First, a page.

The kind of respect Tim Rogers talks about in his piece, you just don’t see that anymore. There’s no reverence for games writers now. There shouldn’t be! But the people writing about games “professionally” should be at least a little better at it than their fans, shouldn’t they? There are those that are, I should mention. Some folks are doing quite a good job out there. But are they rewarded for it? Certainly not.
The facts and the artistry have been ignored in favor of the personal. We at insert credit helped shape the concept of new game journalism, for better or for worse. There’s no getting around it.
I am going to admit that I didn’t know what we had, back then. Insert credit had some 300k unique visitors monthly, within two years of starting up. That’s kind of a big deal, especially for back then! Did you know we started the site so we could get into E3? If not, there you go. We were just doing it. We had ambition and goals, but we were just writing, because we wanted to write, and we liked games.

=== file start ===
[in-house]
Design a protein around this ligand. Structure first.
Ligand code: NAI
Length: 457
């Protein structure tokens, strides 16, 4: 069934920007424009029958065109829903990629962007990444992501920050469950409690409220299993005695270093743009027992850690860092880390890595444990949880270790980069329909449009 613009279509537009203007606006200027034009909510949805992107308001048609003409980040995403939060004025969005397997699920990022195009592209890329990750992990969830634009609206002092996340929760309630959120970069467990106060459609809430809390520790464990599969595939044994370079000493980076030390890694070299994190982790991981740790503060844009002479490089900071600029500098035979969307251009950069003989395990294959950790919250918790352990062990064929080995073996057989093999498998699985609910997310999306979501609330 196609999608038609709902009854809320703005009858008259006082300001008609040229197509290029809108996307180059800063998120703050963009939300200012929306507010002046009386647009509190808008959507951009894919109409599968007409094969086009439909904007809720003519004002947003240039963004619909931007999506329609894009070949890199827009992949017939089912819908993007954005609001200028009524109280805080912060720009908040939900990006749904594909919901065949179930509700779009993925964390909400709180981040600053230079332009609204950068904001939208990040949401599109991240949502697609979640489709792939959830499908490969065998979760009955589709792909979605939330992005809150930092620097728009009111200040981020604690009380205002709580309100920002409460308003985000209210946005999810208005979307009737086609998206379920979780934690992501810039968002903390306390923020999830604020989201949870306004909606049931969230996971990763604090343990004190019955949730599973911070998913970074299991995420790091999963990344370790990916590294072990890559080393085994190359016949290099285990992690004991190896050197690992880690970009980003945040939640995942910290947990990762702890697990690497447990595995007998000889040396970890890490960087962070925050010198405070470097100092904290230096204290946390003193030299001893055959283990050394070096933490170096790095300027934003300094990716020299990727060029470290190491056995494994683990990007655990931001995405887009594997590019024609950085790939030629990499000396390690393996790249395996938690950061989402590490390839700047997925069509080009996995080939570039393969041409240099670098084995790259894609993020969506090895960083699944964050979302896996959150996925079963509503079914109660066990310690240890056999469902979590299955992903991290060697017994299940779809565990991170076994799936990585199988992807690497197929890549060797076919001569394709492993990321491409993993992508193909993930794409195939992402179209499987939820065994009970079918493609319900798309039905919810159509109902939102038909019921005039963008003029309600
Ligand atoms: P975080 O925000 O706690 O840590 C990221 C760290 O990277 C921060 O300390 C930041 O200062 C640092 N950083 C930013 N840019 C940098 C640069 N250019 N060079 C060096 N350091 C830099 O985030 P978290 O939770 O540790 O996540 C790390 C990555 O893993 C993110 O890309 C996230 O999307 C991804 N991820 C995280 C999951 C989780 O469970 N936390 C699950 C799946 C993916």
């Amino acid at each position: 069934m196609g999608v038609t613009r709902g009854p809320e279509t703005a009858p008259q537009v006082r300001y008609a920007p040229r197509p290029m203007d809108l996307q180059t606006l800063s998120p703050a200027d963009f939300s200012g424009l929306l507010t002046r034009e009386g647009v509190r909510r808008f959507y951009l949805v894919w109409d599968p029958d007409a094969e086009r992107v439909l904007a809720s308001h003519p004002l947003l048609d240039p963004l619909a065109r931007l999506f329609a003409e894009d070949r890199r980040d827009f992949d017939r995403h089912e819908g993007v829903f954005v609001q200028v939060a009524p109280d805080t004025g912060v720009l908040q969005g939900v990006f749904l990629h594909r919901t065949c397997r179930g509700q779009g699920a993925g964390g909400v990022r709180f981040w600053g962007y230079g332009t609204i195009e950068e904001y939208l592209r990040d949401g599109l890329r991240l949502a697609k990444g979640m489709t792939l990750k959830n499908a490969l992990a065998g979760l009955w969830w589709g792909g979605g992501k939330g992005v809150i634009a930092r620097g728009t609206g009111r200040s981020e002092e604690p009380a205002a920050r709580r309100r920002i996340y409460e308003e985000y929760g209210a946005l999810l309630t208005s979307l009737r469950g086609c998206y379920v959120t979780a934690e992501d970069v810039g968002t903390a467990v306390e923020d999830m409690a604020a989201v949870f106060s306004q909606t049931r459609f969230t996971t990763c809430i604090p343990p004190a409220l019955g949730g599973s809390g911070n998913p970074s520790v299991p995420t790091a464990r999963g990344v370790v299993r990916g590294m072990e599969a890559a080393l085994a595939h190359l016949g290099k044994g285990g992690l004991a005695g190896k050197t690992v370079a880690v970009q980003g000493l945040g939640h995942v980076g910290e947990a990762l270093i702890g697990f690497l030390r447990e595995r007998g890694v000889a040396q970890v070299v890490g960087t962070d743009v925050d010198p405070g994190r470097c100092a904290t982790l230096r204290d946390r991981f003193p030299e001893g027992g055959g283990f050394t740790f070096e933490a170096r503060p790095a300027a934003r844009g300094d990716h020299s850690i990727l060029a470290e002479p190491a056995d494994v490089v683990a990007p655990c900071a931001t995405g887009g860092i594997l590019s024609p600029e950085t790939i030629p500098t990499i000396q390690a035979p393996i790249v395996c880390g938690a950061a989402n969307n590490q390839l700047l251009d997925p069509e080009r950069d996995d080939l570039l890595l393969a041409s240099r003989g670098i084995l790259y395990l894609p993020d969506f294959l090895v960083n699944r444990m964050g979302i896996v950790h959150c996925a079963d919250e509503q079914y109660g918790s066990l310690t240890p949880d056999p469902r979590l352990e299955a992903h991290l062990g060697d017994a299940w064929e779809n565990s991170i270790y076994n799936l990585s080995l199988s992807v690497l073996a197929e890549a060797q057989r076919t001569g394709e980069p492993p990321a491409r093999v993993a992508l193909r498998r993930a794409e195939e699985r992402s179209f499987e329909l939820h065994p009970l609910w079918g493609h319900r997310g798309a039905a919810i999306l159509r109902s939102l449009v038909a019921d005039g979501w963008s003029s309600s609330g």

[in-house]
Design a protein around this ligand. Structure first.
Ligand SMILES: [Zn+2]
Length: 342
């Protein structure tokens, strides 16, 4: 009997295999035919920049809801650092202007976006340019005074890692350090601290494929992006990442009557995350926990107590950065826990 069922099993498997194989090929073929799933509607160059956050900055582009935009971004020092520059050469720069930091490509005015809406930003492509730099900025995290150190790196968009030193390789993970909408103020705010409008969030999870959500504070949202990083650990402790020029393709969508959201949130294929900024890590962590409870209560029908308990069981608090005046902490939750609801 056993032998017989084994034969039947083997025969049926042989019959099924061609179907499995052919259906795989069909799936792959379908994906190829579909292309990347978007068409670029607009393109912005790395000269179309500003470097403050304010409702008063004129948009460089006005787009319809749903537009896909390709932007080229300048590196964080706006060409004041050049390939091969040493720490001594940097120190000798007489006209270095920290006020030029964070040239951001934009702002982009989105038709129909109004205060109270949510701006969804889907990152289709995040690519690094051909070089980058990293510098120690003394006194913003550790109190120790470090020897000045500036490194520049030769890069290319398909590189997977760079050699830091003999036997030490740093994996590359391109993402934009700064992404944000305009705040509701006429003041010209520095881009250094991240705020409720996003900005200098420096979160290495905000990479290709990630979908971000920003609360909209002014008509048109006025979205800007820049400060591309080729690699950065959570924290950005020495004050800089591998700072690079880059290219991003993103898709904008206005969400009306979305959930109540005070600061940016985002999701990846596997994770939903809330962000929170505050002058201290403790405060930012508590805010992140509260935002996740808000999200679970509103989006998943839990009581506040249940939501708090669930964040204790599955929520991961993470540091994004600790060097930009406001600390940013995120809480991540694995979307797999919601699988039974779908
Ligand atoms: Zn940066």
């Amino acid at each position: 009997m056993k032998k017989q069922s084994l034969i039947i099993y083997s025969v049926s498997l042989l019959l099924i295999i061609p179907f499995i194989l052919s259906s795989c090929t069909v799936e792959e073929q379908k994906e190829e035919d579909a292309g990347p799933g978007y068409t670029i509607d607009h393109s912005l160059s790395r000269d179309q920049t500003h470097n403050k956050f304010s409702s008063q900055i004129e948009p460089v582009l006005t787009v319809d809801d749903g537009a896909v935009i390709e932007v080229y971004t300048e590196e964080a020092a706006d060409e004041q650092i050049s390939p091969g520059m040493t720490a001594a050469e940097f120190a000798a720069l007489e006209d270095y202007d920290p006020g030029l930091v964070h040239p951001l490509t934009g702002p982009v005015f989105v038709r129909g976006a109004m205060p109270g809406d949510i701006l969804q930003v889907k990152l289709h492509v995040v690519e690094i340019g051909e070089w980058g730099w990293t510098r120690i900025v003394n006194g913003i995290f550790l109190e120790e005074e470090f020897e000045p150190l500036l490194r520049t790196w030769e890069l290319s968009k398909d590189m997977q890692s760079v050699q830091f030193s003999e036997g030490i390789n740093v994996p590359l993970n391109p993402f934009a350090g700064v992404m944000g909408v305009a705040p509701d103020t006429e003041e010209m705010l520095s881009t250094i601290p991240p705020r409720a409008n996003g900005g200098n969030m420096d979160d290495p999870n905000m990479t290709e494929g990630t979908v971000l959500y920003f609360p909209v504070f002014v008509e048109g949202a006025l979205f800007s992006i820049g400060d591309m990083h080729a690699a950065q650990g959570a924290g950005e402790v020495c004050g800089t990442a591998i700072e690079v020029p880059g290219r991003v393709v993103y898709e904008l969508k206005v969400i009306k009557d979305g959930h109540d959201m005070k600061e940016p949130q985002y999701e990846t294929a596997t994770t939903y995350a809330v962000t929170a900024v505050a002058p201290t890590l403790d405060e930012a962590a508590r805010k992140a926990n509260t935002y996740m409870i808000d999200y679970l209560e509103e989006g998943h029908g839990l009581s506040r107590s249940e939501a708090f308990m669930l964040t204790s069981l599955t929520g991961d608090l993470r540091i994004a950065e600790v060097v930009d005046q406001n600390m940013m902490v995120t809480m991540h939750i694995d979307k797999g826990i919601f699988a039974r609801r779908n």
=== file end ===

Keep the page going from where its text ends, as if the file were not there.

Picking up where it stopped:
So there’s another reason it’s my fault that game writing isn’t what it could be. I pretty much stopped trying to make it better. Sure, I run game developer magazine and contribute regularly to gamasutra, but I’m not really pushing writing about games forward in any significant way. I’m an editor now, not a writer. There’s nothing wrong with cultivating the content of others, and someone’s got to do it, but if I’m not pushing things forward, I’m certainly not helping.
It seems to me that what people grabbed onto from the whole new game journalism situation that cropped up back in the 2000s was “inject more of myself into my writing.” Really though, it should’ve been “inject more personality into my writing.”